After the design group went through careful estimates of the link
budgets for each of the classes of users we considered (see Jim's paper
on Page 24 and/or my CSVHFS presentation), and considered the
feasibility of making the spacecraft work, we came to the conclusion
that my C-C Rider concept wouldn't fly; there was no way we could obtain
enough T/R isolation for full-duplex operation, and using half-duplex
with the time delays associated with a satellite 40,000 km away was
impractical. C'est la vie.

We considered the RFI environment carefully (see my CSVHFS paper for
details) as it would exist 10 years from now. Why 10 years? Well, it
will take us 3-4 years to fly Eagle, and then we hope it will last and
be useful for at least a decade, so a 10 year forecast seemed about
right. In that time frame, many of us (me especially) feel that the
European Galileo GNSS (Global Navigation Satellite System, i.e. GPS)
(and possibly similar systems being designed in Japan & China) will have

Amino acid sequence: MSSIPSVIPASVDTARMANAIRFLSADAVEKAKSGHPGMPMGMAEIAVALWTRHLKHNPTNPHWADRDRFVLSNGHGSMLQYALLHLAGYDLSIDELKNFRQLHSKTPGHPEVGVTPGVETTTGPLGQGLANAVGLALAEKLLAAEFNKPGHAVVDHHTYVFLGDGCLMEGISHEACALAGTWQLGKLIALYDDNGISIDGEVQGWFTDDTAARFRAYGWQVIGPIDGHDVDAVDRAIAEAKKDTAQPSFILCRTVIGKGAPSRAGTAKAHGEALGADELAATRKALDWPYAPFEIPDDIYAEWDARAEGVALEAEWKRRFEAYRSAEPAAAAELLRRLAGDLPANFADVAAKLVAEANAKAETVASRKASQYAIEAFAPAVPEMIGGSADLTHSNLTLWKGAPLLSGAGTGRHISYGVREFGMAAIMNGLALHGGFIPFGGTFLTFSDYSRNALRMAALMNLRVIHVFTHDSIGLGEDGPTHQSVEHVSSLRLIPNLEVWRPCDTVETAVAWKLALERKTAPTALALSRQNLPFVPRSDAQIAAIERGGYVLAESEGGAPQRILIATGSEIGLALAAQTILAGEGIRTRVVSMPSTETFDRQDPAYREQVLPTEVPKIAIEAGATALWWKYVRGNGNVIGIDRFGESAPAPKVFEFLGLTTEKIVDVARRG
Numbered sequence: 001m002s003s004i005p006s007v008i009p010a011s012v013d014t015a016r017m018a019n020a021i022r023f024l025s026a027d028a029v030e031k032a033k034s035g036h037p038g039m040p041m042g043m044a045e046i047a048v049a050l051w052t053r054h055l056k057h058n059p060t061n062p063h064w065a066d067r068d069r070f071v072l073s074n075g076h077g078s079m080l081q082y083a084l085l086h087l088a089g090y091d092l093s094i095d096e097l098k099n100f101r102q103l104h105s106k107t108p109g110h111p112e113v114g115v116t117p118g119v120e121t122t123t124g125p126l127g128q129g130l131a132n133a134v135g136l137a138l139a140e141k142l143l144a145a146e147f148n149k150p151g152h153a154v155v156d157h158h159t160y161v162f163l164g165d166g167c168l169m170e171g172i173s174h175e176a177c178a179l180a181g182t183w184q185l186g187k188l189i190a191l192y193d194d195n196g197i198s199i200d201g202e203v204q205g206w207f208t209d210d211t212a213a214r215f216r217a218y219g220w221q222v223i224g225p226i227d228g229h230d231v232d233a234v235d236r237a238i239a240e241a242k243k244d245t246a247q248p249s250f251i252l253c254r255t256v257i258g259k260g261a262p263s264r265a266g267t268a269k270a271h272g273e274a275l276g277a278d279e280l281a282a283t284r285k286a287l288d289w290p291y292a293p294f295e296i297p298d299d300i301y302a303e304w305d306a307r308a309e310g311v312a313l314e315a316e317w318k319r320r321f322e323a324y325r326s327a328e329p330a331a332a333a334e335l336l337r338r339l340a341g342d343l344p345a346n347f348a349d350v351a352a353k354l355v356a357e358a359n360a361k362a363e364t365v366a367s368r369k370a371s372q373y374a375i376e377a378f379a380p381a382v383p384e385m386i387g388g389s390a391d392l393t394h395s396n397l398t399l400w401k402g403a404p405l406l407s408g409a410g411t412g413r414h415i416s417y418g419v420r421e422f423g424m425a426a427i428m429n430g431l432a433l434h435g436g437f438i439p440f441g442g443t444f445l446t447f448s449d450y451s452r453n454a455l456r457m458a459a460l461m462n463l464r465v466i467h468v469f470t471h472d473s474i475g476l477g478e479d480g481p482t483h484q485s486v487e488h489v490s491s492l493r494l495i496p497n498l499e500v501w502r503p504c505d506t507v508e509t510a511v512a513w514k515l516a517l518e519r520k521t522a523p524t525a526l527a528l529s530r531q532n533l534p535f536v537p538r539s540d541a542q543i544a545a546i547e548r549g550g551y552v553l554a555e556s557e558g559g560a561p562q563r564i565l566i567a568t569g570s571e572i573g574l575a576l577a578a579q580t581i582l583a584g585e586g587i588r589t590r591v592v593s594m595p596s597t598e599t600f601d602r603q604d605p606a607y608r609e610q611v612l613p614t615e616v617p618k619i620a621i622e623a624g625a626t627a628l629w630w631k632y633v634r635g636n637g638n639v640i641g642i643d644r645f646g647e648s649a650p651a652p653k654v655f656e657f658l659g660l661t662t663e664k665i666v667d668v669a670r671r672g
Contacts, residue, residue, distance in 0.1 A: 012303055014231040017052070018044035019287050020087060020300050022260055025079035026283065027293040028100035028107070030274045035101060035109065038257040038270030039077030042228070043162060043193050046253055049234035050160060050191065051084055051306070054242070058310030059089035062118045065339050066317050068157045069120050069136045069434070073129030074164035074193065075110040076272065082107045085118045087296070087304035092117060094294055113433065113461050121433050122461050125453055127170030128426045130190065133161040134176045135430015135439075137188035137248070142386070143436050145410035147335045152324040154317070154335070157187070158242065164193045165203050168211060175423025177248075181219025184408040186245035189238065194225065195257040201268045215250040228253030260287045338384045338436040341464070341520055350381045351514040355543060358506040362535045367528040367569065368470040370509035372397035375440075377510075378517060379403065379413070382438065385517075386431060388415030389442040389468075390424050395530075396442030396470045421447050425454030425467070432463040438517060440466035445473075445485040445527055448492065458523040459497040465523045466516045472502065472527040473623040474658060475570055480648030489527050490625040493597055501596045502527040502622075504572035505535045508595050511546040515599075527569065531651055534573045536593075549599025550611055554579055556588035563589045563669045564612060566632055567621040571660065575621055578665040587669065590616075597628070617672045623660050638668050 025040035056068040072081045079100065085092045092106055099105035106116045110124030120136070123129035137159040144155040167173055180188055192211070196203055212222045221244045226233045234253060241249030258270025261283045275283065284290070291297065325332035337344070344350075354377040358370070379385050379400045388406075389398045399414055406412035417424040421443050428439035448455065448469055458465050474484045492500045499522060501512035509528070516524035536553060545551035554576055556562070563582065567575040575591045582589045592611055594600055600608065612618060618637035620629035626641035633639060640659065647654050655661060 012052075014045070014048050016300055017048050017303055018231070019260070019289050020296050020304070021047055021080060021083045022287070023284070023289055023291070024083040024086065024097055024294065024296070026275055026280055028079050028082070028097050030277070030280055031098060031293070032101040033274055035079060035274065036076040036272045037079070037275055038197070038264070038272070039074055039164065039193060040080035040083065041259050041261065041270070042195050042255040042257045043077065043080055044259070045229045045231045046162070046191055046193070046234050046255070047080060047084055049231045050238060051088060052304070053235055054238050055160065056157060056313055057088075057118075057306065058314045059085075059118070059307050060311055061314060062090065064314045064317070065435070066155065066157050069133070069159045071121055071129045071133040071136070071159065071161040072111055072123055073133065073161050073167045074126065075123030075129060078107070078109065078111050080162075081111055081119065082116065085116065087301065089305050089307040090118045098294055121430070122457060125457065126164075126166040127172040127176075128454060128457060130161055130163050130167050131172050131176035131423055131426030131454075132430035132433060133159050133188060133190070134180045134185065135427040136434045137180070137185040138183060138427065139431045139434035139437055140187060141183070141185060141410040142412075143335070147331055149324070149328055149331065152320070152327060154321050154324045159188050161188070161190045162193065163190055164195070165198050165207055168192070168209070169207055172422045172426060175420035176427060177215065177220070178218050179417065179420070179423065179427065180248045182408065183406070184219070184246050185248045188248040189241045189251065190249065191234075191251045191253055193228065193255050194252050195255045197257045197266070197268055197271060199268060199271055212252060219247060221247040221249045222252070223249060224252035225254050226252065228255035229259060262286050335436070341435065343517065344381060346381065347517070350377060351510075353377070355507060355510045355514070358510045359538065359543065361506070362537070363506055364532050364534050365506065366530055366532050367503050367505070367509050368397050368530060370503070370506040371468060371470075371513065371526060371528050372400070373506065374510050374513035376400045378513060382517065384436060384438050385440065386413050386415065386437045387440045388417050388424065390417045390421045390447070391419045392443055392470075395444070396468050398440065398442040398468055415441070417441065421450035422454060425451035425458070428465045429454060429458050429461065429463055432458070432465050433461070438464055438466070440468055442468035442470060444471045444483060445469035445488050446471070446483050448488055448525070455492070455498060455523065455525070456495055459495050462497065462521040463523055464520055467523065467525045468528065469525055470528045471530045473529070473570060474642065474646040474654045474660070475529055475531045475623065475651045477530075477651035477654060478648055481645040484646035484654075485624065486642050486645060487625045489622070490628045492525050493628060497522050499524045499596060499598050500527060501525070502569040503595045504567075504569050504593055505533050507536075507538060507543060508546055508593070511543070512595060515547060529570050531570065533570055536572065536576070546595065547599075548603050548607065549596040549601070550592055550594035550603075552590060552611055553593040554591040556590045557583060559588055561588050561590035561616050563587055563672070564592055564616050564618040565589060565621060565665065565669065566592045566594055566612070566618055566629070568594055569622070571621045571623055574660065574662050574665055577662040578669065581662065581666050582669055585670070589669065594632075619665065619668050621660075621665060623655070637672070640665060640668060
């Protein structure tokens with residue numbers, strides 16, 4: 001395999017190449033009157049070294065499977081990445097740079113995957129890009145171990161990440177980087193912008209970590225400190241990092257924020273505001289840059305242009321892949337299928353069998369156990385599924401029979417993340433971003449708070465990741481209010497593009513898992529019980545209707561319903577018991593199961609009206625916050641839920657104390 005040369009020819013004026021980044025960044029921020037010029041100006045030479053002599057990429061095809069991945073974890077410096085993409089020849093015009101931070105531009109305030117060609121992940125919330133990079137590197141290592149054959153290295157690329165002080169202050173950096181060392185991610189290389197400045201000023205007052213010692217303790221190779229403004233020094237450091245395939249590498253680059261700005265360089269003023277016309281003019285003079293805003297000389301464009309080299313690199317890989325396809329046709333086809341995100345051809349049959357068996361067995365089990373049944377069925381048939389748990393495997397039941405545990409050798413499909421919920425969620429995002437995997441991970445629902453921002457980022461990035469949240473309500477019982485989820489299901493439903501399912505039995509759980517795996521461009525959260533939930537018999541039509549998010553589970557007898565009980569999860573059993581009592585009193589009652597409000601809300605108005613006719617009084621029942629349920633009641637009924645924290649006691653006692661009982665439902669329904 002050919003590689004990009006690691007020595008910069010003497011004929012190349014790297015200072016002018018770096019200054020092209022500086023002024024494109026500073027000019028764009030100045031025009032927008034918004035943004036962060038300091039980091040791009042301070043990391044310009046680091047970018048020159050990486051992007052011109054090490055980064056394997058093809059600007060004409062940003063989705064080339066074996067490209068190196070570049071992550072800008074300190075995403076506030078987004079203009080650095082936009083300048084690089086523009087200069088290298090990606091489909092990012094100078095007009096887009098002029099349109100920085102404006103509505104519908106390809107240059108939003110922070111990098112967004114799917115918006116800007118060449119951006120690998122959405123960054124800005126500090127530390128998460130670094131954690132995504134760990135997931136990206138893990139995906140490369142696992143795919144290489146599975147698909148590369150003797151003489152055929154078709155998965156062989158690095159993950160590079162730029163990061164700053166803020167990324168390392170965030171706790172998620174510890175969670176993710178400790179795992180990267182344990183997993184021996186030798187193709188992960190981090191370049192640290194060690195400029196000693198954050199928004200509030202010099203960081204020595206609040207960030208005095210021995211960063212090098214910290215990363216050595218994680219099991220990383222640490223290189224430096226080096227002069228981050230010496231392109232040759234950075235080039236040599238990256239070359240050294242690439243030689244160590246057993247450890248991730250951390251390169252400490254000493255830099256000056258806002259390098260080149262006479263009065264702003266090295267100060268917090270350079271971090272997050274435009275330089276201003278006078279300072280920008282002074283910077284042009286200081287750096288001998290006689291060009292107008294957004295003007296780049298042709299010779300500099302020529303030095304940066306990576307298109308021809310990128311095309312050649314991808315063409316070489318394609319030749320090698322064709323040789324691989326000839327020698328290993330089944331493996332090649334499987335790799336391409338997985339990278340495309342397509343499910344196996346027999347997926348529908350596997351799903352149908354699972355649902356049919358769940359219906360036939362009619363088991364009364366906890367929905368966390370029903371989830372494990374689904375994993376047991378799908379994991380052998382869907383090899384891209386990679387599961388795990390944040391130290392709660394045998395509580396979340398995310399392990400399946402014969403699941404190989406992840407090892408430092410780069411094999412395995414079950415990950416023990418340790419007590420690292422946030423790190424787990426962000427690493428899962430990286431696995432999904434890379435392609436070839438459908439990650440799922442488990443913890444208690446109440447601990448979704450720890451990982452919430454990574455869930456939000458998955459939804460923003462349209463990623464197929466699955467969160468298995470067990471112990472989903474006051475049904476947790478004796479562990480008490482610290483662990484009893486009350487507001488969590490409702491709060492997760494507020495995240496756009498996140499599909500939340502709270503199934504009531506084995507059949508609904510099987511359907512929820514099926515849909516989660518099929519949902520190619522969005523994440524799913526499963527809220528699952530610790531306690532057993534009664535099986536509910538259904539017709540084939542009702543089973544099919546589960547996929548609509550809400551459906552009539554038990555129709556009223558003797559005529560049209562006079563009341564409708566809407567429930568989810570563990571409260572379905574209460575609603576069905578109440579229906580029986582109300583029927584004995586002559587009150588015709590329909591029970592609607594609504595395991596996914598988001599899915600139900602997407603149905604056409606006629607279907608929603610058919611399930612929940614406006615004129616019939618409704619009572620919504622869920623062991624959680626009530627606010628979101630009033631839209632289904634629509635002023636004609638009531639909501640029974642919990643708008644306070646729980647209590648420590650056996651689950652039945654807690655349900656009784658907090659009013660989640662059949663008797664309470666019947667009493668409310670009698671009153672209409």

prime DOWNLINK signals overlaying our 1260-1270 MHz UPLINK band. The
signals being sent down may well be deemed critical for "Safety of Life"
services; it is not unlikely (double negative used intentionally) that
administrations may cancel out our L-band uplink so those "damned Hams
can't cause an A380 with 500 people on board to crash!". Since weight,
power and volunteer engineering talent are all finite resources, we came
to the conclusion that it was not prudent for us to invest in an L-band
uplink.  C'est la vie.

We  then considered the S1 (13 cm) and S2 (9 cm) allocations.  It's a
pity that amateurs cannot use the S2 = 9 cm (3400 MHz) band in Region 1;
it would be PERFECT as an alternate to L-band. I argued long and hard
for it and was beaten down. However, it might find some use for
telemetry downlinks. The 10 GHz = X-band and higher microwave
frequencies were considered as possible interesting channels for